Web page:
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JAZZ REVIEW : Heath Quartet Displays Flair

July 08, 1988|LEONARD FEATHER

The only problem with Jimmy Heath's Quartet at the Vine St. Bar & Grill was brevity. Heath opened and closed Tuesday, playing to a slim post-holiday audience, but his group's performance level left little doubt that he'll be invited back.

This unit is an outgrowth of the Heath Brothers band of the late 1970s, before Percy Heath, the oldest, left to rejoin the Modern Jazz Quartet. Drummer Albert (Tootie) Heath rejoined the group for Tuesday's gig, bringing an obvious familiarity with the arrangements.

Switching back and forth between tenor and soprano saxophones, Jimmy Heath played a couple of his own works, "Sassy Samba" and "Winter Sleaze" (a variation on the chords of "Autumn Leaves"), as well as the familiar "Hi Fly" and "Invitation." Never a spectacular soloist, he avoided any freak notes or artificial audience-milking devices, maintaining a high level of taste and invention except on " 'Round Midnight," the dreary tempo of which seemed to hamper everyone.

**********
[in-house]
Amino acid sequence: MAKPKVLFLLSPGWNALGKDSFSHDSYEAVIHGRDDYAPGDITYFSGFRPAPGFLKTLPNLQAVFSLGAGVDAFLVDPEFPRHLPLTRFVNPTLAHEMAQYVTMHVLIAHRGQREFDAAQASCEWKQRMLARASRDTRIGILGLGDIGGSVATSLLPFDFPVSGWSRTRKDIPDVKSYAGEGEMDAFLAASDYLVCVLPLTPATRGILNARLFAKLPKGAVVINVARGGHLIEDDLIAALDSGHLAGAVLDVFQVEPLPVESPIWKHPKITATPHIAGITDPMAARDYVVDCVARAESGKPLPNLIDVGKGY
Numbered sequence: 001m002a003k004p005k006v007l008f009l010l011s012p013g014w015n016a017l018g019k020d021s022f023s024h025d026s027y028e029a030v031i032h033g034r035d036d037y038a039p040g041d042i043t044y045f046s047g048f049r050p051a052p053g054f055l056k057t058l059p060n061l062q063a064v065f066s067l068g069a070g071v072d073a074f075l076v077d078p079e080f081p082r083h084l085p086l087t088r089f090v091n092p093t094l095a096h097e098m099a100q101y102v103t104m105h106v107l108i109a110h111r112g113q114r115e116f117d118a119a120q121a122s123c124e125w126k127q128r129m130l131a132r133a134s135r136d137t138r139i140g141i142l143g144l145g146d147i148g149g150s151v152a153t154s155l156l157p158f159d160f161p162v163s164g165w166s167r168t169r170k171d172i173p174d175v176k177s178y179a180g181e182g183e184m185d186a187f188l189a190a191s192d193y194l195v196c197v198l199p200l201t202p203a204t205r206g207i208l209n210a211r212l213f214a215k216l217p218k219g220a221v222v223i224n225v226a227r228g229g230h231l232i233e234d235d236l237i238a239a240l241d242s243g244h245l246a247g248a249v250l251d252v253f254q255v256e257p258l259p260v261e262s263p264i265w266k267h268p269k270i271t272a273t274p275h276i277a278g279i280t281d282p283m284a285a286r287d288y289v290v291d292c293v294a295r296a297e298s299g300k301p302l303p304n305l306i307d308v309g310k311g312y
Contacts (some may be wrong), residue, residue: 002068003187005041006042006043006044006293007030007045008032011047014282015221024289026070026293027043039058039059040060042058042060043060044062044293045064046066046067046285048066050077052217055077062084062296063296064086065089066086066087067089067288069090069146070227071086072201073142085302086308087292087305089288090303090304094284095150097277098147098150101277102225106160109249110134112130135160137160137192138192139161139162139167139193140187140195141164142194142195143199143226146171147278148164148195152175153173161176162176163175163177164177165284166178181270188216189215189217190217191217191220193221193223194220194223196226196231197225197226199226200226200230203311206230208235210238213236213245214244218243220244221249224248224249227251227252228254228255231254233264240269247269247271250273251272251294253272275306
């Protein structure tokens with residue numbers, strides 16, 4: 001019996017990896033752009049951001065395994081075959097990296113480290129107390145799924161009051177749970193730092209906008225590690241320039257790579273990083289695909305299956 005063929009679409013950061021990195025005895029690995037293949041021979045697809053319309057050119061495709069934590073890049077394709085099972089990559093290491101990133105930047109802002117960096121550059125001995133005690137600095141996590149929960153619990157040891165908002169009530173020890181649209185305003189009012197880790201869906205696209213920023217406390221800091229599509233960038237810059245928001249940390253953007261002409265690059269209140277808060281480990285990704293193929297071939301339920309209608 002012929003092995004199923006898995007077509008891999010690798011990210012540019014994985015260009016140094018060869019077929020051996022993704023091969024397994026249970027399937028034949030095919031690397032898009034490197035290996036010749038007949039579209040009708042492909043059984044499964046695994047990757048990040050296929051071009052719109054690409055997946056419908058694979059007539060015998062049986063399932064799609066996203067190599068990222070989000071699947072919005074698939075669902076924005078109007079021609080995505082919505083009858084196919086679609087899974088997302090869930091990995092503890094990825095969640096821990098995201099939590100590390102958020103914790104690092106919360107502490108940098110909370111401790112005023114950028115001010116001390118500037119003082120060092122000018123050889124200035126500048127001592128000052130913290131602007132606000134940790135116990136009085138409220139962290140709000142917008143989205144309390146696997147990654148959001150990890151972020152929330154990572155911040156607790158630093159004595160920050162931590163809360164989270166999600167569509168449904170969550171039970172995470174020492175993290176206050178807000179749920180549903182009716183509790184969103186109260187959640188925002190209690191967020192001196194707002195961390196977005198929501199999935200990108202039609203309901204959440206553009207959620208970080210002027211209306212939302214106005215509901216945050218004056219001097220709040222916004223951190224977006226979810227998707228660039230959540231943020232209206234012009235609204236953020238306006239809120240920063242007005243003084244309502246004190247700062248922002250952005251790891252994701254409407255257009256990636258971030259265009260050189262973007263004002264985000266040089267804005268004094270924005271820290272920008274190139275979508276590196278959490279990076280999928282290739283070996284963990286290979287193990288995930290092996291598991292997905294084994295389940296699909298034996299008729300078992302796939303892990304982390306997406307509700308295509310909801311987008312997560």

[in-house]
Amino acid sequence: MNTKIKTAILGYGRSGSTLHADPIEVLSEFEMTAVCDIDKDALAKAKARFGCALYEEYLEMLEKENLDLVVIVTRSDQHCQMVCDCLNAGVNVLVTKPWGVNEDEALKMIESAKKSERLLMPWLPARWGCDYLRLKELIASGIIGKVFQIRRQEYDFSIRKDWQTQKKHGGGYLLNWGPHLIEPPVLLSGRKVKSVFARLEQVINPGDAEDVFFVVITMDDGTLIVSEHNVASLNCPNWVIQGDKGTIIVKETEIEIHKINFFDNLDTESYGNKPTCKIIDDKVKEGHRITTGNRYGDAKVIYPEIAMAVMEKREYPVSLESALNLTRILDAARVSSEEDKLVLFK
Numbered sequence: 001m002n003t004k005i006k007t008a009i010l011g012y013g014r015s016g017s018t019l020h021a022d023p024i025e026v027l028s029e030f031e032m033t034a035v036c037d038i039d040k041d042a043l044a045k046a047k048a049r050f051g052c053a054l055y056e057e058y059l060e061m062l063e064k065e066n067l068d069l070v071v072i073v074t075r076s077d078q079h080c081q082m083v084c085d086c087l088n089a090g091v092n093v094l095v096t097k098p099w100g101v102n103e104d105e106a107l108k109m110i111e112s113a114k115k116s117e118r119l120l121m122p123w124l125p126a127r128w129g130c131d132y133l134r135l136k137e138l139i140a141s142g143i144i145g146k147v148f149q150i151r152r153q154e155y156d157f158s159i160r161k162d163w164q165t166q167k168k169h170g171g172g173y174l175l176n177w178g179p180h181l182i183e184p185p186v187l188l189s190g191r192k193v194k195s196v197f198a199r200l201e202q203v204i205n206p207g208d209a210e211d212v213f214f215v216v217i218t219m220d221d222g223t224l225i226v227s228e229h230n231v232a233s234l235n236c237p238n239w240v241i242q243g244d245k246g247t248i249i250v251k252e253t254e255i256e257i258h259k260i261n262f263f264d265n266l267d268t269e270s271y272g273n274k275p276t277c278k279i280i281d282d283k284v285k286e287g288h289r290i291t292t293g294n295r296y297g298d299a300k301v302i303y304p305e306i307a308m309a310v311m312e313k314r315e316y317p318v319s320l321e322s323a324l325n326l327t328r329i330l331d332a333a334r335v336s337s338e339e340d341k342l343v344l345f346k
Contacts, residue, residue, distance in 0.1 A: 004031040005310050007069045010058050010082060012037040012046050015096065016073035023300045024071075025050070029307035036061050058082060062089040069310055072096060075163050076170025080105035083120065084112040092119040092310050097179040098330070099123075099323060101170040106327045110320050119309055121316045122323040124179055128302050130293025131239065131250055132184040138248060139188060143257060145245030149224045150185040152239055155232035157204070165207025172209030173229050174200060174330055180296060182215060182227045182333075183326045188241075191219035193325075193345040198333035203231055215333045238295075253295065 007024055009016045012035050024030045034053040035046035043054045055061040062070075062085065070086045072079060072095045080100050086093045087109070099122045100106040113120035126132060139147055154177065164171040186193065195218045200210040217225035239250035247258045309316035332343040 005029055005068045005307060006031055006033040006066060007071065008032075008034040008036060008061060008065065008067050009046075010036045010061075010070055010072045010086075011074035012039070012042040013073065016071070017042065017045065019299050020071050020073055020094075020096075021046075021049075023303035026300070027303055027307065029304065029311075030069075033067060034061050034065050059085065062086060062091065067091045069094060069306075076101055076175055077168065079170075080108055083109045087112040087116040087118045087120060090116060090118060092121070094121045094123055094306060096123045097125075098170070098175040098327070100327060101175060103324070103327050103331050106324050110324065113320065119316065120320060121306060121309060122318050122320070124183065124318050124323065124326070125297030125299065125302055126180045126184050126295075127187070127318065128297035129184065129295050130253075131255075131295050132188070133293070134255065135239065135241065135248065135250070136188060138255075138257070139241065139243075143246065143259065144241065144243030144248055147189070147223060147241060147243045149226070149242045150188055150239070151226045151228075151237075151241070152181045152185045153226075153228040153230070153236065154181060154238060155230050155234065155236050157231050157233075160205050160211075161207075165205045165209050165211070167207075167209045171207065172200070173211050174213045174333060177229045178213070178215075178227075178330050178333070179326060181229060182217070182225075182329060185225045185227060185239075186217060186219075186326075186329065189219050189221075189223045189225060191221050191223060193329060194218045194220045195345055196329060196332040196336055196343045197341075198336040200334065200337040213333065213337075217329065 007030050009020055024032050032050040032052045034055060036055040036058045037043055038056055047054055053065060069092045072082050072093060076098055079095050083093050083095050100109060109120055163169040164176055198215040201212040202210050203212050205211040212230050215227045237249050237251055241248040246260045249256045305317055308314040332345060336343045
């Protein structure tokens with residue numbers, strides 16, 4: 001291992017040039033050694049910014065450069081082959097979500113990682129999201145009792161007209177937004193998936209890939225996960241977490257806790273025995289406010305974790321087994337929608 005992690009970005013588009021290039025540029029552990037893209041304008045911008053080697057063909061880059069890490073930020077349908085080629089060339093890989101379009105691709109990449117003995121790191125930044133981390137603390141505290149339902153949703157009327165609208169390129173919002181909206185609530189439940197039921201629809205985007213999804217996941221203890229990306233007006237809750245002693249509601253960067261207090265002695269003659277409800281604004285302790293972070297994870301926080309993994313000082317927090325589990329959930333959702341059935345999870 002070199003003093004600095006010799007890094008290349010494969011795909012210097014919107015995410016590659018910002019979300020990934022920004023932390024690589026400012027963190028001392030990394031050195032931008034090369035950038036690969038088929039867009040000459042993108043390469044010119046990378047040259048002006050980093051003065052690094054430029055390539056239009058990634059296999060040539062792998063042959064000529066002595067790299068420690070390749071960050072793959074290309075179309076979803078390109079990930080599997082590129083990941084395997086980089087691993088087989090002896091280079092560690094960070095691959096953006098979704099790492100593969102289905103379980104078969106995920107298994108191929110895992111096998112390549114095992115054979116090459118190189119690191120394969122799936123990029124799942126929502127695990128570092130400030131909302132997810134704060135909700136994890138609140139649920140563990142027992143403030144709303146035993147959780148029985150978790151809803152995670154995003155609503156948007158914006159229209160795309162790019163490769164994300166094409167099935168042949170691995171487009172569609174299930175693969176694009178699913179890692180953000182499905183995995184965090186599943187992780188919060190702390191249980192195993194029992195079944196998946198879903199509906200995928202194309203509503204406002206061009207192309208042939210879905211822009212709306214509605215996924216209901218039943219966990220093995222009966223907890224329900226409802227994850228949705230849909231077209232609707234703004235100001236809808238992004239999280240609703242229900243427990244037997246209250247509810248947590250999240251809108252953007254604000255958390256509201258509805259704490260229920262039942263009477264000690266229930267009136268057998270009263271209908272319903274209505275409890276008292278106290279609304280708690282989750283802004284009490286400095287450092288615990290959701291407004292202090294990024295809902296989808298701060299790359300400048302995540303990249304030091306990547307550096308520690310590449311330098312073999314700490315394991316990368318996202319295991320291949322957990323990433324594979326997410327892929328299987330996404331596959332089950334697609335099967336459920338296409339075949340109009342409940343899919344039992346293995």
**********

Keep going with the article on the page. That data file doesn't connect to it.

The real star was Tony Purrone, who in addition to leading his own trio has worked with the Heath family off and on for a decade. He has developed into an astonishingly fecund guitarist, capable of dazzling single-note lines alternating with stunningly brilliant chord sequences. One can name a dozen guitarists of less talent who have their own recording contracts. Purrone's time for fame is long overdue.

Ben Brown on electric bass completed the quartet, soloing with impressive fluency.

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